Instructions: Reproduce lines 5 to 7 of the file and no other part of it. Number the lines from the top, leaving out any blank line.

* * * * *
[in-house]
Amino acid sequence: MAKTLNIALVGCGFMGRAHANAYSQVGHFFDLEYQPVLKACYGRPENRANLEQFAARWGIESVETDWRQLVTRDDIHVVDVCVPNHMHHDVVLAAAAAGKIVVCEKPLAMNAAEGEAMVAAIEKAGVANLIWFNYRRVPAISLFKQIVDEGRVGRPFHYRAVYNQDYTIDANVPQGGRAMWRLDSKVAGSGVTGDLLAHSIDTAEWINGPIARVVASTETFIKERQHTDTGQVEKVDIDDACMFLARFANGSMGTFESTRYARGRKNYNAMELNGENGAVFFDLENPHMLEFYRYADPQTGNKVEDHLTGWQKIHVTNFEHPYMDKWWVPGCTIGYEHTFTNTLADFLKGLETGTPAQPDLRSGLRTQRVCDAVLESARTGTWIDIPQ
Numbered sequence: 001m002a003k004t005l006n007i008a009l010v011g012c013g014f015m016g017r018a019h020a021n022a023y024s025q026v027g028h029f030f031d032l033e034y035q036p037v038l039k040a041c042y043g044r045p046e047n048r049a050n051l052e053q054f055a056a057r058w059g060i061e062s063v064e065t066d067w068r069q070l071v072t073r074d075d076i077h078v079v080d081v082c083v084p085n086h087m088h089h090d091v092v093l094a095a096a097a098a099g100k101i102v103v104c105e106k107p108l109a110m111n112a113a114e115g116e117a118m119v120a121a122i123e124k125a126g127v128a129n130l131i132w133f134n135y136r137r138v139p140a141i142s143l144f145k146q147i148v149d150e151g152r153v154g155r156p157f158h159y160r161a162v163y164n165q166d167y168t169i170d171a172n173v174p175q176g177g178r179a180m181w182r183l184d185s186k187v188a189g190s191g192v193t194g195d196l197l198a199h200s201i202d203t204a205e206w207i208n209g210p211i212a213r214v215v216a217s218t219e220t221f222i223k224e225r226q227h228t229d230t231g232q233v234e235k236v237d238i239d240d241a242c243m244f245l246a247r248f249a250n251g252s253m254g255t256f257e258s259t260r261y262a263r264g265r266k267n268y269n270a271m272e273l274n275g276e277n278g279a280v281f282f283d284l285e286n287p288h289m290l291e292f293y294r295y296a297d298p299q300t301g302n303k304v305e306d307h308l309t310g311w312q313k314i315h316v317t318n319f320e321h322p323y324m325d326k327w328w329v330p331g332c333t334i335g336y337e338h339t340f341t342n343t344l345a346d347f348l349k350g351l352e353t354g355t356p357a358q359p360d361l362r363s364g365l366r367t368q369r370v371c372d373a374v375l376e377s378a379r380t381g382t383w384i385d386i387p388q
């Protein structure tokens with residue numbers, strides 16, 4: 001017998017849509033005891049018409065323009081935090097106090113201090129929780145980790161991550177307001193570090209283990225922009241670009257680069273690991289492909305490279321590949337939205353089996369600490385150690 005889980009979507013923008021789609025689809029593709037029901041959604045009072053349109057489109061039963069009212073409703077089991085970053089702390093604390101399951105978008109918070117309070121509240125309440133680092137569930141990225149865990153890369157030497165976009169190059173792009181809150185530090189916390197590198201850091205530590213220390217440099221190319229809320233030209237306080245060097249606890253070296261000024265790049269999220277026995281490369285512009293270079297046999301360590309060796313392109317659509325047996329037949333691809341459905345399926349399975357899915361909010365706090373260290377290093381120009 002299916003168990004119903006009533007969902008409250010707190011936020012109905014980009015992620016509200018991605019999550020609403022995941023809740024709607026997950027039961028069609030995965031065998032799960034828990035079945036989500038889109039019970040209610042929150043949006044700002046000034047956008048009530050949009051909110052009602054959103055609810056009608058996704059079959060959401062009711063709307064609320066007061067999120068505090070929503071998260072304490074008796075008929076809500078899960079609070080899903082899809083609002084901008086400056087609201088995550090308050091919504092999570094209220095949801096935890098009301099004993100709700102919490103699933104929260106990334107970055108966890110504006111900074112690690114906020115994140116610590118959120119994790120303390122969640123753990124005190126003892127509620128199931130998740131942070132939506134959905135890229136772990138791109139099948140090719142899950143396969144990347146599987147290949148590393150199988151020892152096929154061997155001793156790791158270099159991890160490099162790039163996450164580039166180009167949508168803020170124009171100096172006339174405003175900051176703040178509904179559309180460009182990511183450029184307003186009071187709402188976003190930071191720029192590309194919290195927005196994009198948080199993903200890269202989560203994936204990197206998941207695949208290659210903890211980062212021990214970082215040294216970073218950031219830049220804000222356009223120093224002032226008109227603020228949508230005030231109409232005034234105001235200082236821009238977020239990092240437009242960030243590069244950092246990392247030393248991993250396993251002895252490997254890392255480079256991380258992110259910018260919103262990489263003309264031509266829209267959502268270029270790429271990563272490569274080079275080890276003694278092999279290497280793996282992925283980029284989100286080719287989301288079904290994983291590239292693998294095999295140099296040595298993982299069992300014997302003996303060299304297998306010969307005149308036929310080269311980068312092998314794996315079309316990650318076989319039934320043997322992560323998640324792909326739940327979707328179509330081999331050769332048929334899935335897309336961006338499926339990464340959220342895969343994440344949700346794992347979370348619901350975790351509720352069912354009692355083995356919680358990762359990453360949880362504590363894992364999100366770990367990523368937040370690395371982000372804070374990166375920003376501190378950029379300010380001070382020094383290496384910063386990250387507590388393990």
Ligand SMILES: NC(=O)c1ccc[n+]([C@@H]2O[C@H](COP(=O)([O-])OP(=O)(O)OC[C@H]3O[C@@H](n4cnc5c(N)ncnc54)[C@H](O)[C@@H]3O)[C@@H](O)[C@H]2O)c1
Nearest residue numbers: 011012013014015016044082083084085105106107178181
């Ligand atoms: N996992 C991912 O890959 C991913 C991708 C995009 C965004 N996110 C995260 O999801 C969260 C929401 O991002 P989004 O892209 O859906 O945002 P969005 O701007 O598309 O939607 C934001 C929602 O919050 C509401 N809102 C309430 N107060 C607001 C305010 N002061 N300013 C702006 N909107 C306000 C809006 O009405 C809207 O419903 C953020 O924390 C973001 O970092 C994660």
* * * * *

Ligand SMILES: NC(=O)c1ccc[n+]([C@@H]2O[C@H](COP(=O)([O-])OP(=O)(O)OC[C@H]3O[C@@H](n4cnc5c(N)ncnc54)[C@H](O)[C@@H]3O)[C@@H](O)[C@H]2O)c1
Nearest residue numbers: 011012013014015016044082083084085105106107178181
């Ligand atoms: N996992 C991912 O890959 C991913 C991708 C995009 C965004 N996110 C995260 O999801 C969260 C929401 O991002 P989004 O892209 O859906 O945002 P969005 O701007 O598309 O939607 C934001 C929602 O919050 C509401 N809102 C309430 N107060 C607001 C305010 N002061 N300013 C702006 N909107 C306000 C809006 O009405 C809207 O419903 C953020 O924390 C973001 O970092 C994660």